We knew you would say that. My husband has avoided that solution from day one. For the record, I have urged him to bring in a real plumber but he is a glutton for punishment...and loves doing things himself.

    I should mention that earlier this week we borrowed an electric snake from a friend and ran it from the beginning of the line outside the sink all the way to our septic tank...twice. It went through very easily the second pass. If we have a blockage it may be in that pesky pipe or between it and and where we started the snaking. Our next task will be to check that pipe and clear it if there is blockage. I will let you know how we fair. Thanks again.

  11. #11

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    I just discovered this thread, I am from Illinois and am looking at plumbing a double kitchen sink with disposal and dishwasher. Could you post a drawing with the way it should be plumbed.

  12. #12
    Forum Admin, Expert Plumber Terry's Avatar
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    Most plumbers would use a "disposer kit" which comes with the straight pipe and the baffle tee.

  13. #13
    DIY Senior Member TedL's Avatar
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    RLKEIME: You're going to want to wait for SeweRatz drawing for the "legal in Illinois" version.

  14. #14
    Illinois Licensed Plumber SewerRatz's Avatar
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    There is a couple of things Illinois wants done and not done. First they do not want you to discharge the dish washer into the disposal and the other thing is they want the disposal to have its own trap separate from the other side of the sink.

    Below is from the Illinois plumbing code book.

    Section 890.710 Food Waste Disposal Units

    a) Installation. Food waste disposal units shall be trapped separately from any other fixture or compartment, shall be connected directly to the sanitary drainage system, and shall be properly vented. Dishwashers shall not discharge into food waste disposal units. Units may have either automatic or hand-operated water supply control. (See Section 890.1130(a), (b) and (c).)

    b) Commercial-Type Grinders. Commercial-type food grinders shall be provided with a waste line at least 2 inches in diameter. (See Appendix F: Illustration D.)

    Section 890.770 Dishwashing Machines

    a) Domestic Dishwasher (Private Residence). When a domestic dishwashing machine drain line is connected to the house side of a trap from a sink, the drain from the dishwasher shall be carried up to the underside of the spill rim of the sink. Dishwashing machines shall discharge separately into a trap or tail piece of the kitchen sink and shall not connect to the food waste disposal unit.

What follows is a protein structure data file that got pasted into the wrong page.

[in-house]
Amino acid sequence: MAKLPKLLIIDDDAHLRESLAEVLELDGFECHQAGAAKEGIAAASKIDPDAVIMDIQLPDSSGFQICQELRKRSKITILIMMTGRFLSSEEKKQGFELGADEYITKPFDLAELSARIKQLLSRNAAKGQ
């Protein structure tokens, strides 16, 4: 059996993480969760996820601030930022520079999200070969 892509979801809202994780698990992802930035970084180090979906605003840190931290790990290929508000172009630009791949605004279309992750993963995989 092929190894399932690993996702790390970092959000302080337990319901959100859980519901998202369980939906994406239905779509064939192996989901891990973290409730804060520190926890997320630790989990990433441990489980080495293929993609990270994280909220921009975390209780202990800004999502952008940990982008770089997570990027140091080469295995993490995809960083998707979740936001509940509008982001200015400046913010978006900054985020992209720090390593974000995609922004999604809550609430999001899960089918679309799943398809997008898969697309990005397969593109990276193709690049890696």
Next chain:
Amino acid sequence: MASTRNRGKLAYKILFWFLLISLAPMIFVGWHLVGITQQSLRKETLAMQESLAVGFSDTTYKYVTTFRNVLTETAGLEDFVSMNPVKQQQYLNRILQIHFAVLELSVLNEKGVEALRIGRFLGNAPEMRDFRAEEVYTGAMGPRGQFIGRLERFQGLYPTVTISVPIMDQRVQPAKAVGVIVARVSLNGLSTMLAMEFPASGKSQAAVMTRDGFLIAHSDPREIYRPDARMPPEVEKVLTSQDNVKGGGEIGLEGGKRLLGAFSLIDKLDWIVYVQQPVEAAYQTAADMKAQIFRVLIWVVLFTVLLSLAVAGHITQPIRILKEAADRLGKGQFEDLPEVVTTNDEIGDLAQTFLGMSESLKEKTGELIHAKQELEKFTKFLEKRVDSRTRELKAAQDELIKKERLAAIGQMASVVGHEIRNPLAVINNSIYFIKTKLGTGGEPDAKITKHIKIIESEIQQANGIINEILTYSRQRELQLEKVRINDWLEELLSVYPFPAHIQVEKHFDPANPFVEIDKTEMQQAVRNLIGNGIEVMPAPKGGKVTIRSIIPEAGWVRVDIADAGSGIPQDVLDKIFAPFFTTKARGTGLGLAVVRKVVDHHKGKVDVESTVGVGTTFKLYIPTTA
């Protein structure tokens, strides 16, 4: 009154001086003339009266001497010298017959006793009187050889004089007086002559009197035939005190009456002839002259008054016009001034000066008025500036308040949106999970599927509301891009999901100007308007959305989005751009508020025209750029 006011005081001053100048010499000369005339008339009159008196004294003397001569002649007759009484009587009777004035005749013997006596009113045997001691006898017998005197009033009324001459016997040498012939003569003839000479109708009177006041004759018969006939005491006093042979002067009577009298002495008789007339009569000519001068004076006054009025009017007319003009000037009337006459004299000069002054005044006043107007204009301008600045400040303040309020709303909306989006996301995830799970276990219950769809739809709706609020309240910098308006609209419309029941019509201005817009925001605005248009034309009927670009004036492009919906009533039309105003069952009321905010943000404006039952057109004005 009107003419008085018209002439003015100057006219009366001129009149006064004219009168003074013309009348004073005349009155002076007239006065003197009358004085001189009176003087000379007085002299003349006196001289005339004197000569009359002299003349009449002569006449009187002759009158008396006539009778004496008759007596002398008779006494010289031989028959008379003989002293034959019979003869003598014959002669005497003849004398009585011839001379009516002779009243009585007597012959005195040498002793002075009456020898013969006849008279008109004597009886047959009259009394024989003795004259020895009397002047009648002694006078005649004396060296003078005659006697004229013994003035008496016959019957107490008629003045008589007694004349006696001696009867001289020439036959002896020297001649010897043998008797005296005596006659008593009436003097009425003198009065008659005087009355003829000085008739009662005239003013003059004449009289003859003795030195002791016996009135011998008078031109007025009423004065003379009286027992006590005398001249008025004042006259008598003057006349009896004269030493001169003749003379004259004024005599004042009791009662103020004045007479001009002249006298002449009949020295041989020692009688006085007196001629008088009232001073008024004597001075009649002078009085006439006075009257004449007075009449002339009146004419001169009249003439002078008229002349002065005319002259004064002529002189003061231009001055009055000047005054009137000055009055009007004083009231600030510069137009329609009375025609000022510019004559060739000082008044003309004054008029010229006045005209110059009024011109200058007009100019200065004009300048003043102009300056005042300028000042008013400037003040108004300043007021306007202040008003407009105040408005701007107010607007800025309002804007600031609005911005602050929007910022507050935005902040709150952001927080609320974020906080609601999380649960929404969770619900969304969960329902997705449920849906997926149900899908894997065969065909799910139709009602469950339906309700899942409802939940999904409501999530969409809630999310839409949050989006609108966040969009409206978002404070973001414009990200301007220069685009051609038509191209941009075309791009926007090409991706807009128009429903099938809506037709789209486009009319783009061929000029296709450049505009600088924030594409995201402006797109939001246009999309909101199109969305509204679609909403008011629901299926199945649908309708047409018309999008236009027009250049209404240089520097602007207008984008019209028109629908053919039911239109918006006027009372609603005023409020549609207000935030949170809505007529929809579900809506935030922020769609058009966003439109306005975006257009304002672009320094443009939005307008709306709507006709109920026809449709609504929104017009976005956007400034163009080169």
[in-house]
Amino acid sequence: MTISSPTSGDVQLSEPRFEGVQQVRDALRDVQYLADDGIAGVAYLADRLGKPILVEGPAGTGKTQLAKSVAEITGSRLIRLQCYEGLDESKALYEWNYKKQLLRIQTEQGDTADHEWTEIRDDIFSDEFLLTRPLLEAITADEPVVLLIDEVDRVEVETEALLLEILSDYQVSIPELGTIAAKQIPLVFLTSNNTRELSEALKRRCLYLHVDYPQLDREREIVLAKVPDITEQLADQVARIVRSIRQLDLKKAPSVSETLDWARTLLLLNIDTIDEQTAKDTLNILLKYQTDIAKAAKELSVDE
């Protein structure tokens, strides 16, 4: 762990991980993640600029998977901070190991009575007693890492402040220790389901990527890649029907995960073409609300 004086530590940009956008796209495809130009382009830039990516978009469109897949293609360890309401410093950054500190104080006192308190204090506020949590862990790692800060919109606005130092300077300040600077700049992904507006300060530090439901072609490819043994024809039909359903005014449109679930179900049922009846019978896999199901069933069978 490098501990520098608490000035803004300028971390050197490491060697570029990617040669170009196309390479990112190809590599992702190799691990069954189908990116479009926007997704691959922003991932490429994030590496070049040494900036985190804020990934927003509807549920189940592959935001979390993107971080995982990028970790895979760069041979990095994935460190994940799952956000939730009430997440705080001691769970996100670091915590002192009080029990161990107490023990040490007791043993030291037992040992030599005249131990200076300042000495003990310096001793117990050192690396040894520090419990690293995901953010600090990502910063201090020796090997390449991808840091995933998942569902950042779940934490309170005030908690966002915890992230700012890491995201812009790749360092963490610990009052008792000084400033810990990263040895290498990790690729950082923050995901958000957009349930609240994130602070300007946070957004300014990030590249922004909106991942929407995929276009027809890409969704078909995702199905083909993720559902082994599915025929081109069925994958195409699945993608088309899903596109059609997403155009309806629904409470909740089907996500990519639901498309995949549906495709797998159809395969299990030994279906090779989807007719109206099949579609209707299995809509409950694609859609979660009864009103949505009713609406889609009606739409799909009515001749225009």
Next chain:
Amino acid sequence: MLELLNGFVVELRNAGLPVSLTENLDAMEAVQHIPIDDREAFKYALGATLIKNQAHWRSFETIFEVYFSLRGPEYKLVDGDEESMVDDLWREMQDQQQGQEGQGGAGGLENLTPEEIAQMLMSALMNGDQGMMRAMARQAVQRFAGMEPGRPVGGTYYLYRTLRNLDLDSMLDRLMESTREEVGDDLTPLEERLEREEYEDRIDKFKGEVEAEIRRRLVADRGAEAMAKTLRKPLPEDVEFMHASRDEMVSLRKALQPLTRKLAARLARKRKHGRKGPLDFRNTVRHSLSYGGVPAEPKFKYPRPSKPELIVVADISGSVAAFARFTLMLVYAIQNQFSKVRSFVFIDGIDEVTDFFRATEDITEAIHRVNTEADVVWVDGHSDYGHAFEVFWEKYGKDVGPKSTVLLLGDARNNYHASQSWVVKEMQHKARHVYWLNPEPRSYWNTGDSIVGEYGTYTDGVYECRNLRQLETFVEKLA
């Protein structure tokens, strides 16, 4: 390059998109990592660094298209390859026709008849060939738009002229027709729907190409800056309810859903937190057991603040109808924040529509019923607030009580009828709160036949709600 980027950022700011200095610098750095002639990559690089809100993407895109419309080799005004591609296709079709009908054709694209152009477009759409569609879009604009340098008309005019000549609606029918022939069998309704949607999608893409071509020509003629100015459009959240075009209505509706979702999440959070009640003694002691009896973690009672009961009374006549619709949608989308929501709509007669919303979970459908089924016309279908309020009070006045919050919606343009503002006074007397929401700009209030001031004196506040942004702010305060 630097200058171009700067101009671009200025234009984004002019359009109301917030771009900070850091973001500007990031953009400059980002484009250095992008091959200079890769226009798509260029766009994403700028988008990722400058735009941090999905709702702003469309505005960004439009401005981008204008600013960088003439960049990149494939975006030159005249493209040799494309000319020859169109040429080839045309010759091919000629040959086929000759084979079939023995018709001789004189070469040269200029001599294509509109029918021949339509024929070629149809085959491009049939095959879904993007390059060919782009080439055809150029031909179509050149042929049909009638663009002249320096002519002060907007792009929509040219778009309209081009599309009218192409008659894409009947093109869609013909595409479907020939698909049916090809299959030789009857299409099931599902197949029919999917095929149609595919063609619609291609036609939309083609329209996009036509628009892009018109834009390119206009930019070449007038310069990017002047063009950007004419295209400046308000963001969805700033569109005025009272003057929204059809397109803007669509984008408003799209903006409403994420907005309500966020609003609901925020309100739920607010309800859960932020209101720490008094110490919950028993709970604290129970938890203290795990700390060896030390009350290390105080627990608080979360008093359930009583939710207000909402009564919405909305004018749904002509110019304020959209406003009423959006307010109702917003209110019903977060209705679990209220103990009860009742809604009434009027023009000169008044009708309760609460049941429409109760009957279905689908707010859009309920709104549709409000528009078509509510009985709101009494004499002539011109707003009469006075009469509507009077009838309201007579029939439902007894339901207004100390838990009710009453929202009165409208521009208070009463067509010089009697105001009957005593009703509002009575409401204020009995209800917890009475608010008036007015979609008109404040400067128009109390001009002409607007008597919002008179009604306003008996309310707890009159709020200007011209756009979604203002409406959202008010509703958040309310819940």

b) Water Supply Connection. The water supply to commercial dishwashing machines shall be connected through an air gap or by means of proper backflow protection, e.g., a non-pressure type (atmospheric) vacuum breaker or a dual check valve backflow preventer assembly (DuC), depending upon the circumstances.

    c) Commercial dishwashing machines shall indirectly discharge to a proper receptor connected to the drainage system or as permitted in Section 890.1010(a).

    d) Hot Water. A commercial dishwashing machine or similar dishwashing equipment that relies upon hot water for sanitizing dishes and utensils, rather than chemicals for sanitizing, shall provide rinse water at 180 degrees F., except for a single-tank, stationary-rack, single temperature dishwashing machine which shall provide a rinse water temperature of 165 degrees F., in accordance with Section 750.830(h) of the "Food Service Sanitation Code" (77 Ill. Adm. Code 750).

    Give me a minute to dig up a picture.

  15. #15
    Illinois Licensed Plumber SewerRatz's Avatar
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    Let me post this part of the code about trap venting. So the other pro's will not say that this picture is wrong. The part in red is what pertains to the use of two traps on one vent under the kitchen sink. The picture is also from the plumbing code book. I am trying to find a better pic or drawing.

    Section 890.1480 Types of Fixture Trap Vents

    a) Trap Vent. No trap vent shall be installed within two pipe diameters of the trap weir. (See Appendix K: Illustration N.)

    b) Common Vent. A common vent, installed vertically, may be used for two fixture traps when both traps connect with a vertical waste at the same level. (See Appendix K: Illustration O.)

    c) Vertical Wet Vent. A vertical wet vent may be used for two fixtures set on the same floor level, but connecting at different levels in the stack, provided the vertical drain is one (1) pipe diameter larger than the upper fixture drain and that both drains conform to Appendix A: Table I. (See Appendix K: Illustrations P and Q.)

    d) Mechanical Vents. Mechanical devices shall not be installed in lieu of vent piping.